Eurovision Audieri Live (Moldova) – Live Internal Selection
In the Eurovision community, Moldova is notorious for sending in zany entries. The process the country uses to select their representative explains this. During a three-hour live broadcast, 28 acts stepped on stage, performed their song in front of a panel of five judges, who went away and decided who to send to Eurovision. I didn’t watch the livesteam, but I have taken a look at the video of each of the acts, and honestly, some things are best done behind closed doors. It all felt very unprofessional, and if this is how Moldova always does things, they’re lucky they’ve achieved the amount of success that they have at the contest. I don’t really have much else to add, except that I’ll start working on my initial review for the winning song later today.

Melodi Grand Prix (Norway), Semi-Final 3
As soon as I saw the four performances, it was clear that this was going to be a straightforward semi-final. Even though I preferred Mari Bølla’s song, the eventual winner, Oda Gondrosen, was unstoppable with the best staging and overall performance by far. She sold the story of her song very well, and the visual effects were outstanding. I liked Bølla’s furniture, but she dropped the ball a bit with her rapping, and didn’t seem anywhere near as in control as Gondrosen.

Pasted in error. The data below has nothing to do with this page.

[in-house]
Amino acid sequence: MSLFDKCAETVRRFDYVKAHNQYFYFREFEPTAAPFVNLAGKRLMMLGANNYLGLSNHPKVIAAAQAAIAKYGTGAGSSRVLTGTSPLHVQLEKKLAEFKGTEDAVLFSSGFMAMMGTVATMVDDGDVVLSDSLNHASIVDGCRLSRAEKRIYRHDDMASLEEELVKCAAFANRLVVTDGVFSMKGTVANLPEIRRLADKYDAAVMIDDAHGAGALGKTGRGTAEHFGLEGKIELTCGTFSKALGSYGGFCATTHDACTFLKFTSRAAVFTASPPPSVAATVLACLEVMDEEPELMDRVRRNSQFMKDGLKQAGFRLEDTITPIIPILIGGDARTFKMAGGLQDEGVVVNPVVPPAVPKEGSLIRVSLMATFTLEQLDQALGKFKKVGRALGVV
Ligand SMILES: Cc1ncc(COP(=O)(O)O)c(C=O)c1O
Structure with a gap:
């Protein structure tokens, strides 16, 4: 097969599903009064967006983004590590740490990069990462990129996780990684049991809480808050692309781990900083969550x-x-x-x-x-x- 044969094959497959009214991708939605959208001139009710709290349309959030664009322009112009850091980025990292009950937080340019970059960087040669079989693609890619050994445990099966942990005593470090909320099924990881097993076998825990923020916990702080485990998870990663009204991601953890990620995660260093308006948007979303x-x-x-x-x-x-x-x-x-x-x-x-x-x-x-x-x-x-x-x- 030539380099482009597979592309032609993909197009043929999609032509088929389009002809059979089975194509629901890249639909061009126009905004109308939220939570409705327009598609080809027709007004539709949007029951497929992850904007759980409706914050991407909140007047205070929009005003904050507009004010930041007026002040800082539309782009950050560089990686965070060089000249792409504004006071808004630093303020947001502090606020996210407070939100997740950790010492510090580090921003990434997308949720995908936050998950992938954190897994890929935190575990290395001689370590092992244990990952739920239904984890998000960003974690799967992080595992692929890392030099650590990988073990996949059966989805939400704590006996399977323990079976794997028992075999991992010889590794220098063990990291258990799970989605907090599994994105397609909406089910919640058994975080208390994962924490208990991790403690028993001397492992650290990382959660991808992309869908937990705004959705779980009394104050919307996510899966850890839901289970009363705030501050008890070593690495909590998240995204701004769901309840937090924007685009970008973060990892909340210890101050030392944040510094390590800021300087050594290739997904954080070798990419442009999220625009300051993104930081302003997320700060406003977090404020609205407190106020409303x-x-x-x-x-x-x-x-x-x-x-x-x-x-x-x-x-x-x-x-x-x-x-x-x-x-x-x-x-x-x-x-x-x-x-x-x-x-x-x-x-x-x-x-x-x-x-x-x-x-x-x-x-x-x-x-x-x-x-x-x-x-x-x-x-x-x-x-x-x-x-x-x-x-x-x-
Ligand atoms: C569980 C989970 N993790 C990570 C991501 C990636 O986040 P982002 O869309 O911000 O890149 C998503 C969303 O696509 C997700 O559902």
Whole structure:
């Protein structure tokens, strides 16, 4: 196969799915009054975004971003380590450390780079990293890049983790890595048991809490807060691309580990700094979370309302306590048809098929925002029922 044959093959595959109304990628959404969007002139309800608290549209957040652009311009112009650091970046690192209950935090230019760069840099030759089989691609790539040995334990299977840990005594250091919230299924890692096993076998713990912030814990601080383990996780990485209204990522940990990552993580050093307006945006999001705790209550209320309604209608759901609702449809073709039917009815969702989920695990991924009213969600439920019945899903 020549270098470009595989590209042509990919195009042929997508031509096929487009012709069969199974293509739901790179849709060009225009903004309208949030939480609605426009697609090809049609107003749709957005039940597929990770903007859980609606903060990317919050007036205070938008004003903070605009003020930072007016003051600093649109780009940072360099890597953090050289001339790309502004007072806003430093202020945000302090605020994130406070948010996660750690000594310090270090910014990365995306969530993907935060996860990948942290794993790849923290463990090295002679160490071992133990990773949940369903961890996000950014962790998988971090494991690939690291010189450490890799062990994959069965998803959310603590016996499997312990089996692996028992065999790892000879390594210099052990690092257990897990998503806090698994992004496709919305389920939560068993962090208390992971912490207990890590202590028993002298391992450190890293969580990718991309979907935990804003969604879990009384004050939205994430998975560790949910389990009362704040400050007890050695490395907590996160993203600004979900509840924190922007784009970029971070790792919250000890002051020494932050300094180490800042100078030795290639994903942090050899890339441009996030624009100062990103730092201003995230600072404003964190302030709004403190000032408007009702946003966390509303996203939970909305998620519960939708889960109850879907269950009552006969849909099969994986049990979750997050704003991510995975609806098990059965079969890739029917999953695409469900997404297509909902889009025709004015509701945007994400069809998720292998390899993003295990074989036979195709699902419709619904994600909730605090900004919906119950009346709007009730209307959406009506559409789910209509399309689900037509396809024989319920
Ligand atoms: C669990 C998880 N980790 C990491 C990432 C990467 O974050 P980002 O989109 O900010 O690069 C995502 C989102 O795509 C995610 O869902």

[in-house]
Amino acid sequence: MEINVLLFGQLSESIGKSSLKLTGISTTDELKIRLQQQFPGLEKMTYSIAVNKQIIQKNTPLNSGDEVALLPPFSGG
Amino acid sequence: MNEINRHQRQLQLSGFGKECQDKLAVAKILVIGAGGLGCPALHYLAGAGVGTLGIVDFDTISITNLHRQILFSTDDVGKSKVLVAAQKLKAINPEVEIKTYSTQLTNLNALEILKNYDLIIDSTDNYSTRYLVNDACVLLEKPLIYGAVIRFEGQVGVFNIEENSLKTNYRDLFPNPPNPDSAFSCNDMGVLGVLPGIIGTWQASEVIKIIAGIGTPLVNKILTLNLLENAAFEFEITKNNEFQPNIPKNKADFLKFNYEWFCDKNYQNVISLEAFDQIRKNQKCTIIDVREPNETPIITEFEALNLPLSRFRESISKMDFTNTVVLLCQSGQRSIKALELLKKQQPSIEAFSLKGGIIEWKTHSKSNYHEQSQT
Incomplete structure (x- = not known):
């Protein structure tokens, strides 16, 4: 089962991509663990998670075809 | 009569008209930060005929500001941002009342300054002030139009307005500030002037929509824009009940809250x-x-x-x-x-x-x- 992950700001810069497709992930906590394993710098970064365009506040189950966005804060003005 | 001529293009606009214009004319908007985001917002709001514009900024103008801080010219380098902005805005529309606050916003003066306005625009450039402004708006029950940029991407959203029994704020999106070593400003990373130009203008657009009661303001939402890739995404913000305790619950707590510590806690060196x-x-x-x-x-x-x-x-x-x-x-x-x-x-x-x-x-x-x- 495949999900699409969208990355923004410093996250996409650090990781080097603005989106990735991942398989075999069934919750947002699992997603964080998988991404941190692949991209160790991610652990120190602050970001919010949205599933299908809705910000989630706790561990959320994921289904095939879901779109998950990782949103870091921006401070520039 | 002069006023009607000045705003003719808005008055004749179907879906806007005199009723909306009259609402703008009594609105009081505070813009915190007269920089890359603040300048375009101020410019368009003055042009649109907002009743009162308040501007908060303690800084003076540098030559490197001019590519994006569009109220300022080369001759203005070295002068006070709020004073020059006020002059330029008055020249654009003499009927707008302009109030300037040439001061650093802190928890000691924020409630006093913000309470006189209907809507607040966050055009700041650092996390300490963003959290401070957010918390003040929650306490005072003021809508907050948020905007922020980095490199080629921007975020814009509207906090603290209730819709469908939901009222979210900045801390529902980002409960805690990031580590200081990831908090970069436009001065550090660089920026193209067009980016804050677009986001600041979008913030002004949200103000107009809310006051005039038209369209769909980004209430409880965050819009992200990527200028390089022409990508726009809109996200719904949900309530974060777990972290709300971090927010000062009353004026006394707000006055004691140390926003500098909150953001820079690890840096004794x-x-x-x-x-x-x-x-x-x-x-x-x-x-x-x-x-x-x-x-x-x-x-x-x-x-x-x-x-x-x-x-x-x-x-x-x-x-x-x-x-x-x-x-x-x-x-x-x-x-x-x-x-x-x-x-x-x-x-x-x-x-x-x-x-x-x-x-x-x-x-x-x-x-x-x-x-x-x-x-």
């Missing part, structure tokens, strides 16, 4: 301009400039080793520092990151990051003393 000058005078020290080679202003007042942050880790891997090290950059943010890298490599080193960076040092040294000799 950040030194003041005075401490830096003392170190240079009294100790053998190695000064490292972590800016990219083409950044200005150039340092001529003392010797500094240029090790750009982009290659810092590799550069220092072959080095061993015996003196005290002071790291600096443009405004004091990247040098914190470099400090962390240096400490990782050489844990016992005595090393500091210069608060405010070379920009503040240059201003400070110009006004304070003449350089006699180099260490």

Over in the other duel, Sturla’s simple staging may have been a good reflection of the understated nature of his song, but it was blown away by Vilde’s more impactful staging and bigger song. Even with that win behind her, Vilde was not going to be a match for Gondrosen, who sails off to the final.

(I haven’t watched any of the presentations of the five pre-qualifiers yet; I’m going to do that in the week running up to the second chance show.)

Pabandom iš Naujo (Lithuania), Semi-Final 1

This is the weaker of the two semi-finals, with the only small surprise being that Heat 1 winner Erica Jennings failed to qualify. Then again, Heat 1 was the weakest of the heats, and appropriately none of the acts from there competing in this semi managed to get through to the final.

The results (top four qualify):

1. “How to Get My Life Back” by Justė Kraujelytė (22 points)
2. “Not Your Mother” by Lolita Zero (20 points)
3. “Into Your Arms” by Gebrasy (18 points)
4. “Washing Machine” by Queens of Roses (11 points)

5. “Deadly” by Joseph June (10 points)
6. “Back to Myself” by Erica Jennings (10 points)
7. “Fantasy Eyes” by Gintarė Korsakaitė (10 points)
8. “Illuminate” by Emilijana (9 points)
9. “Someday” by Elonas Pokanevič (5 points)

Lolita Zero crushed the televote, while Justė Kraujelytė won the jury vote ahead of Gebrasy. Most acts tinkered a bit with their staging and/or song, leading to quite a few improvements here and there. Some songs whose qualification baffled me (“Fantasy Eyes”, “Illuminate”) were shown the door. All in all, I don’t find anything to disagree with here: I think the right songs went through. There are some bigger names in the second semi-final, so that’s where we might have a shock exit.